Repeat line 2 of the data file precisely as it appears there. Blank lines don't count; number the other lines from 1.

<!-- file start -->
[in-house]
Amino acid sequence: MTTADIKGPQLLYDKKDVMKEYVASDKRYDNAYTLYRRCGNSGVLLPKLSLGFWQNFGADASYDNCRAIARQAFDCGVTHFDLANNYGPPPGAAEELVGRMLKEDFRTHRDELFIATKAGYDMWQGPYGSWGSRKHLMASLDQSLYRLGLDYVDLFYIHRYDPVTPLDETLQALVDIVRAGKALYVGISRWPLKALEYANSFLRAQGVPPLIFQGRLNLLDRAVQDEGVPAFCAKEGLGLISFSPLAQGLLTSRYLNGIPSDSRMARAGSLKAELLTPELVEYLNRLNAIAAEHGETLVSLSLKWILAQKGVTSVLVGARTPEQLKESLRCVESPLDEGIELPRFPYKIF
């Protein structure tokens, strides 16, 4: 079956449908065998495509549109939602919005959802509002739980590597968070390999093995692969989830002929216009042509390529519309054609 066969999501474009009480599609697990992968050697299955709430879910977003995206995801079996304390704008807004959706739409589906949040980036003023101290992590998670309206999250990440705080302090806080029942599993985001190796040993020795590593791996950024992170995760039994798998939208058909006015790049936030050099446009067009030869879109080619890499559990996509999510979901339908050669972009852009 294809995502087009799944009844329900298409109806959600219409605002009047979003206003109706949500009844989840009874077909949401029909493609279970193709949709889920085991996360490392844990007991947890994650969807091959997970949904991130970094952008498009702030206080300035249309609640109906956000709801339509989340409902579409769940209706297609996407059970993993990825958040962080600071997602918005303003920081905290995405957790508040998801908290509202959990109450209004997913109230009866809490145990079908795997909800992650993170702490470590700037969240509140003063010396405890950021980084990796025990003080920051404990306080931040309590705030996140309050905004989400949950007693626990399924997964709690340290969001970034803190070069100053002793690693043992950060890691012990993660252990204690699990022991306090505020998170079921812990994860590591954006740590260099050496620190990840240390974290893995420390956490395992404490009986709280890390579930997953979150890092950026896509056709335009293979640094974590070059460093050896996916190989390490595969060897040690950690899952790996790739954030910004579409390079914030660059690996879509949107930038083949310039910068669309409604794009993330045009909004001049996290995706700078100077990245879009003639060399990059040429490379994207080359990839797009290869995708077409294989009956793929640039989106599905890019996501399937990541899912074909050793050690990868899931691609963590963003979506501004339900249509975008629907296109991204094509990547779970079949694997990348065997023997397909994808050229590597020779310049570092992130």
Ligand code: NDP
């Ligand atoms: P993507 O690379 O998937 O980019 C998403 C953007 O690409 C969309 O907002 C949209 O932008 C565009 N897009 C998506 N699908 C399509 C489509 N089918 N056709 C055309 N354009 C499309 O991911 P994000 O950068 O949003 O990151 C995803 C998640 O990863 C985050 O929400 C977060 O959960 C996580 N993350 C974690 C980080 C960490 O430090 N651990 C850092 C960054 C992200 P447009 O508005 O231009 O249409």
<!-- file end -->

Amino acid sequence: MTTADIKGPQLLYDKKDVMKEYVASDKRYDNAYTLYRRCGNSGVLLPKLSLGFWQNFGADASYDNCRAIARQAFDCGVTHFDLANNYGPPPGAAEELVGRMLKEDFRTHRDELFIATKAGYDMWQGPYGSWGSRKHLMASLDQSLYRLGLDYVDLFYIHRYDPVTPLDETLQALVDIVRAGKALYVGISRWPLKALEYANSFLRAQGVPPLIFQGRLNLLDRAVQDEGVPAFCAKEGLGLISFSPLAQGLLTSRYLNGIPSDSRMARAGSLKAELLTPELVEYLNRLNAIAAEHGETLVSLSLKWILAQKGVTSVLVGARTPEQLKESLRCVESPLDEGIELPRFPYKIF